EDIT: I was in SoCal when I dual-plugged, at UCR. It made a big difference then and there.
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  8. Mr Head

    Mr Head Adventure Hippie Supporter

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    Dual pluging airheads back in the day was something that grew out of racing them. It was found that it also worked to burn nasty fuel from across the big pistons that had grown from 600cc to 900cc. We had yet to get big spark producing coils that would appear later in the early 80's.

    Spark became interesting to me thanks to having worked on both Volkswagens and owning a Norton 850. I took the sad little OEM 6 vdc coils and threw them into the garbage after sourcing what Cycle Magazine called, K-Mart coils in their piece on the subject.
    I did not retard the timing of the Norton. I could in fact widen the spark gap, because now I had a nice big high voltage spark to just a gap of .060" and produce nice low idle.
    Another benefit for a kickstart only machine was that it fired halfway through the first kick. Every time.
    And that got me a job as a BMW motorcycle mechanic.

    We dual plugged a lot of BMW's. Retarded their timing back to about halfway between TDC and the OEM spot if I remember. I do know I experimented with my 1979 R100RS retarding back to TDC and slowly moving it to get it where I was happiest.
    That was a very long time ago.

    The high output generic NAPA coil for the right side can be seen ahead of the side cover, behind the carb,

    [​IMG]
    Stock Champion N7Y sparkplugs gapped at .060".

    A link to the first page of the piece in Cycle, I still have that magazine.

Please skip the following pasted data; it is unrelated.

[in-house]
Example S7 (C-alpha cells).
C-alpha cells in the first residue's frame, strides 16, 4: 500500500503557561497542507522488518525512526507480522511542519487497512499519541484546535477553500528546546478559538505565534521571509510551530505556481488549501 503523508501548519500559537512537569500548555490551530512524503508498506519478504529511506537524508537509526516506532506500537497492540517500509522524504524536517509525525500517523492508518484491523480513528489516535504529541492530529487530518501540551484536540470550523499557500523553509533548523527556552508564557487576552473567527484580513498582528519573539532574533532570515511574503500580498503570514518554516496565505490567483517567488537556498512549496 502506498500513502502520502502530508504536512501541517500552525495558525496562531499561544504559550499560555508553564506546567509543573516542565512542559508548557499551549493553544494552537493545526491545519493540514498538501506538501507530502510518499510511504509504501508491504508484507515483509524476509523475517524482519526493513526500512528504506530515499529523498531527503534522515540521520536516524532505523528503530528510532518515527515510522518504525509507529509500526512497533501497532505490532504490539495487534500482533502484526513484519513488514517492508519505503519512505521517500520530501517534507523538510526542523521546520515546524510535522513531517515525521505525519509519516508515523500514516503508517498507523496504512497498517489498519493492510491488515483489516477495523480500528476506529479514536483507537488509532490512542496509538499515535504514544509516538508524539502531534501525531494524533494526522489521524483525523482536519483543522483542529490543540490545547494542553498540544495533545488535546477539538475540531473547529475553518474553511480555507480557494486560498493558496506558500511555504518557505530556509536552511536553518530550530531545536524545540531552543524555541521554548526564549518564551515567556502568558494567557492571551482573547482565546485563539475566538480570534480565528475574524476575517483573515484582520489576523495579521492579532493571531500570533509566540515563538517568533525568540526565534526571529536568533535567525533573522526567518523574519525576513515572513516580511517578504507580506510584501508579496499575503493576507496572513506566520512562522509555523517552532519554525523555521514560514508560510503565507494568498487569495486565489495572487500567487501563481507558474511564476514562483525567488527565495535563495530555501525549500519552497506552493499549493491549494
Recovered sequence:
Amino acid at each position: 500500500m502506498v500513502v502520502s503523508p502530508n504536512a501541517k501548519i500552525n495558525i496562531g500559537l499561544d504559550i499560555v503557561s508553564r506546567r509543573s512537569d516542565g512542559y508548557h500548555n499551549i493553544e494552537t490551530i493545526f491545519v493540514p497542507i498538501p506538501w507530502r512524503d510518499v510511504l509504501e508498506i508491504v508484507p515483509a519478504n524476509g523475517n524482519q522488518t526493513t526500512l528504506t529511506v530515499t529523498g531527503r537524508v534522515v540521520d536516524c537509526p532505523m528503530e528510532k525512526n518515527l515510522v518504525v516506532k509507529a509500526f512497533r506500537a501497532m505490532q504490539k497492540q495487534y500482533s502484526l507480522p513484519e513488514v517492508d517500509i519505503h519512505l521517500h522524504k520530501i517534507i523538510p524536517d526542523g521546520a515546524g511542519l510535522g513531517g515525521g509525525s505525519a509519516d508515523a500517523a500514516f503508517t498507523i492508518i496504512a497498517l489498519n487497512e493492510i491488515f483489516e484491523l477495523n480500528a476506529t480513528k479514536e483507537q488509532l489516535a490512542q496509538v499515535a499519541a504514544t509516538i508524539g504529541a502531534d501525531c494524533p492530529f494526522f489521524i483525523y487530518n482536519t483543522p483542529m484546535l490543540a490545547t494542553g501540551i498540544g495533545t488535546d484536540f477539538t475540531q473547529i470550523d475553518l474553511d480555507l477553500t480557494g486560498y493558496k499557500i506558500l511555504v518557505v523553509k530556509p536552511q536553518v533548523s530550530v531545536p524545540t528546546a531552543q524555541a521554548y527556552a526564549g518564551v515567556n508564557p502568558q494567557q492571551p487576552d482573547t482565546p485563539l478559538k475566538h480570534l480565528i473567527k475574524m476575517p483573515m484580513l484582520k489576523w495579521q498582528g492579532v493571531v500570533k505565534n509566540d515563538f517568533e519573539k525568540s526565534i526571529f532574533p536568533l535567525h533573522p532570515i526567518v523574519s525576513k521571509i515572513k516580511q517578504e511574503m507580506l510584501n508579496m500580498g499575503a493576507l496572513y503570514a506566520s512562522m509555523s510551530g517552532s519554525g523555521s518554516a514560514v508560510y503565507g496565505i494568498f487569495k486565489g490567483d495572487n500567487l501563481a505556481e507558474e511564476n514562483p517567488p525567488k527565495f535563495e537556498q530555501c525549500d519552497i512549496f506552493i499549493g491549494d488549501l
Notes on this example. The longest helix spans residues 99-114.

https://nowels.smugmug.com/Motorcycles/Back-In-The-Day/1974-MKIV-Norton-Interstate/i-SmqFXnM/A

    The second plug on BMW airheads was opposite the main plug and a shorter reach, but same heat range plug. The coils were dual output from a Dyna-something. I didn't do the deed to my last airhead until I floated a valve, no rev limiter. :baldy

    Note the oilheads have dual plugs, the 1150 I had, used standard coil for the bottom plugs and coil over spark plug coils for the center plug. Those coil over plug caps failed about every 30,000 miles or so. That became pretty expensive at around 200,000 miles.

    The 2010 990R KTM I have now approaching 80,000 miles has a single plug in the middle of the head for each cylinder.
    Seems to work just fine.
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  9. TNC

    TNC Candyass Camper

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    I started working part time in a motorcycle shop in the mid-70's. Me and the head mechanic owned '73 Z1's. After doing some research on an aftermarket, solid state ballast resistor, we installed 4 automotive coils. We were able to gap the plugs at .060" like you, and we got equal or better points life. The other guy did an 1170 kit on his Z1 later which really benefited from a stronger spark. My main benefit was better fuel mileage and longer plug life. It's interesting the kind of creative but often simple approaches that work, especially with older designs.